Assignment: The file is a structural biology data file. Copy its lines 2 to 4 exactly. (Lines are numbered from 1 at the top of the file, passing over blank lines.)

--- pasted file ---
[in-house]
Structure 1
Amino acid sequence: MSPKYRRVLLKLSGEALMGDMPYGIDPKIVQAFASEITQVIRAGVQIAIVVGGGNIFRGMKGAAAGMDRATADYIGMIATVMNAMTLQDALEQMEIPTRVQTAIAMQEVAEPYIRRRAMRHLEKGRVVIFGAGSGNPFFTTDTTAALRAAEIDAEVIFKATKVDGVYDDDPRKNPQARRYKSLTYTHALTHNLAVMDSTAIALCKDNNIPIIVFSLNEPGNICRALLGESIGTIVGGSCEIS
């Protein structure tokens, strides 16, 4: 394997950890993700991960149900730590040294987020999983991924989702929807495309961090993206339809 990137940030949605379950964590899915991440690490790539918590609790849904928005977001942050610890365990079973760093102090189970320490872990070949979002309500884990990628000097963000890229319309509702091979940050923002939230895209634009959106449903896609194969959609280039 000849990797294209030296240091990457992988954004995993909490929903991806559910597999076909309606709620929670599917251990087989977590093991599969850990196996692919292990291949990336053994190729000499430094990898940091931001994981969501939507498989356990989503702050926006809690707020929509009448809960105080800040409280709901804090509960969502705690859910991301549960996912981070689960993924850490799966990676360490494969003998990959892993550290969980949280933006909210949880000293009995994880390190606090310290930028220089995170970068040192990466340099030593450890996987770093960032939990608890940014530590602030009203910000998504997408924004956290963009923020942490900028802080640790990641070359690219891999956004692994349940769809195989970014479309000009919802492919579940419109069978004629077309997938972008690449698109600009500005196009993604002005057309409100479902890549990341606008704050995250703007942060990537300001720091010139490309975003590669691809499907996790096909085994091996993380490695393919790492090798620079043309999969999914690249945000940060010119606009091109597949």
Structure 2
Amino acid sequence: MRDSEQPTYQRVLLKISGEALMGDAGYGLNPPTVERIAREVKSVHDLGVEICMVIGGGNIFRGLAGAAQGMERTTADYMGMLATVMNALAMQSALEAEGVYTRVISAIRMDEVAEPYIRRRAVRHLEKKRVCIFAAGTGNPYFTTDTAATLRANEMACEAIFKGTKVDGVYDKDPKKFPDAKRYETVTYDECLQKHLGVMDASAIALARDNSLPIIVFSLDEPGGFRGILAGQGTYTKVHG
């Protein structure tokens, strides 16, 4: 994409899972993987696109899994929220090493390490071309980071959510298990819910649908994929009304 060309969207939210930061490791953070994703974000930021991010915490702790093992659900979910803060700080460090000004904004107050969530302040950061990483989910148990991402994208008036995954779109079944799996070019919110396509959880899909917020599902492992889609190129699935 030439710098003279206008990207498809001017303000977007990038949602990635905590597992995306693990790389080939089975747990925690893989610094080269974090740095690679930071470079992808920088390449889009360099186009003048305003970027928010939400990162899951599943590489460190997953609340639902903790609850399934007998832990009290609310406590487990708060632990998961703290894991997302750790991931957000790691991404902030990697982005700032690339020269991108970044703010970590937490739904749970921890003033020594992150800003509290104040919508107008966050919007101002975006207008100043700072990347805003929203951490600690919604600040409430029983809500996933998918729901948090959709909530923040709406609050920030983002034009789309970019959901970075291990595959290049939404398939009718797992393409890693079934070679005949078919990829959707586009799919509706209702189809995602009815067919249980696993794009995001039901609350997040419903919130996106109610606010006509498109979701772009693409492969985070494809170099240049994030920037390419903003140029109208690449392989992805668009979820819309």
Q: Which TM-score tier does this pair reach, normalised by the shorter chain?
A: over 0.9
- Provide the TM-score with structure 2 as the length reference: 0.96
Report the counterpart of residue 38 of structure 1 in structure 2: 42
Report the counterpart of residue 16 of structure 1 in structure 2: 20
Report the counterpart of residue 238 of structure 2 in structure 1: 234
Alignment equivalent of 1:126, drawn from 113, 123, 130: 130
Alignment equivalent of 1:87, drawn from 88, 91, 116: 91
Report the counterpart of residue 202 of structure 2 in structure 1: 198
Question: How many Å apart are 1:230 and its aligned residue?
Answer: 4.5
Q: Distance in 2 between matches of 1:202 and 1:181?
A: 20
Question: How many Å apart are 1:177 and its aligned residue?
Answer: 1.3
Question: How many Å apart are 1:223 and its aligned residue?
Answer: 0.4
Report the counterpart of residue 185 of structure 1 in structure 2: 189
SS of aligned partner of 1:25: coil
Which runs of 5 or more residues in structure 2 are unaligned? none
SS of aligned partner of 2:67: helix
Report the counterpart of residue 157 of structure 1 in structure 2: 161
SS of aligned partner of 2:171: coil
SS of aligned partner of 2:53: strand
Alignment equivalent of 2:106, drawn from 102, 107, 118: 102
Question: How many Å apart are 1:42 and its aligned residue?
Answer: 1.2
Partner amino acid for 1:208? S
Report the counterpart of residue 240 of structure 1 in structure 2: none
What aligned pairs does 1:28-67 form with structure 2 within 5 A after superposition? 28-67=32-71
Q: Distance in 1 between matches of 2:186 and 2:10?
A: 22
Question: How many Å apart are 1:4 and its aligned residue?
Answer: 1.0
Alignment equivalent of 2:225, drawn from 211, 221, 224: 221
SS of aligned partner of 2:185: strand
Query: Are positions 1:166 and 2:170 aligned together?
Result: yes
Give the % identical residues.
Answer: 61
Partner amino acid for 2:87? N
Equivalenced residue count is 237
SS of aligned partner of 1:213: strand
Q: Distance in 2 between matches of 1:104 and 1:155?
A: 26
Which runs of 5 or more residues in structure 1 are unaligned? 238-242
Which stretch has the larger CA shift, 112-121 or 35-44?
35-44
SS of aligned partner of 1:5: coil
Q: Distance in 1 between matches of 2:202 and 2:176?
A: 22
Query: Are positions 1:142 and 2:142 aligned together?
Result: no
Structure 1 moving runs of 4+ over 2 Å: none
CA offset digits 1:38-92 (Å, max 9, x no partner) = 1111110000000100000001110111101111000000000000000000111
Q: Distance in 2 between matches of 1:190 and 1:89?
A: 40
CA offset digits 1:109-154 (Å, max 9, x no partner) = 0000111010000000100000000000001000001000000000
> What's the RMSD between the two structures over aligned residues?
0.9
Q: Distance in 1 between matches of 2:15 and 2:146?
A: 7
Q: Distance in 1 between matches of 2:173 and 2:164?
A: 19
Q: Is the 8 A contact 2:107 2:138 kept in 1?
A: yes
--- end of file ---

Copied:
Structure 1
Amino acid sequence: MSPKYRRVLLKLSGEALMGDMPYGIDPKIVQAFASEITQVIRAGVQIAIVVGGGNIFRGMKGAAAGMDRATADYIGMIATVMNAMTLQDALEQMEIPTRVQTAIAMQEVAEPYIRRRAMRHLEKGRVVIFGAGSGNPFFTTDTTAALRAAEIDAEVIFKATKVDGVYDDDPRKNPQARRYKSLTYTHALTHNLAVMDSTAIALCKDNNIPIIVFSLNEPGNICRALLGESIGTIVGGSCEIS
């Protein structure tokens, strides 16, 4: 394997950890993700991960149900730590040294987020999983991924989702929807495309961090993206339809 990137940030949605379950964590899915991440690490790539918590609790849904928005977001942050610890365990079973760093102090189970320490872990070949979002309500884990990628000097963000890229319309509702091979940050923002939230895209634009959106449903896609194969959609280039 000849990797294209030296240091990457992988954004995993909490929903991806559910597999076909309606709620929670599917251990087989977590093991599969850990196996692919292990291949990336053994190729000499430094990898940091931001994981969501939507498989356990989503702050926006809690707020929509009448809960105080800040409280709901804090509960969502705690859910991301549960996912981070689960993924850490799966990676360490494969003998990959892993550290969980949280933006909210949880000293009995994880390190606090310290930028220089995170970068040192990466340099030593450890996987770093960032939990608890940014530590602030009203910000998504997408924004956290963009923020942490900028802080640790990641070359690219891999956004692994349940769809195989970014479309000009919802492919579940419109069978004629077309997938972008690449698109600009500005196009993604002005057309409100479902890549990341606008704050995250703007942060990537300001720091010139490309975003590669691809499907996790096909085994091996993380490695393919790492090798620079043309999969999914690249945000940060010119606009091109597949």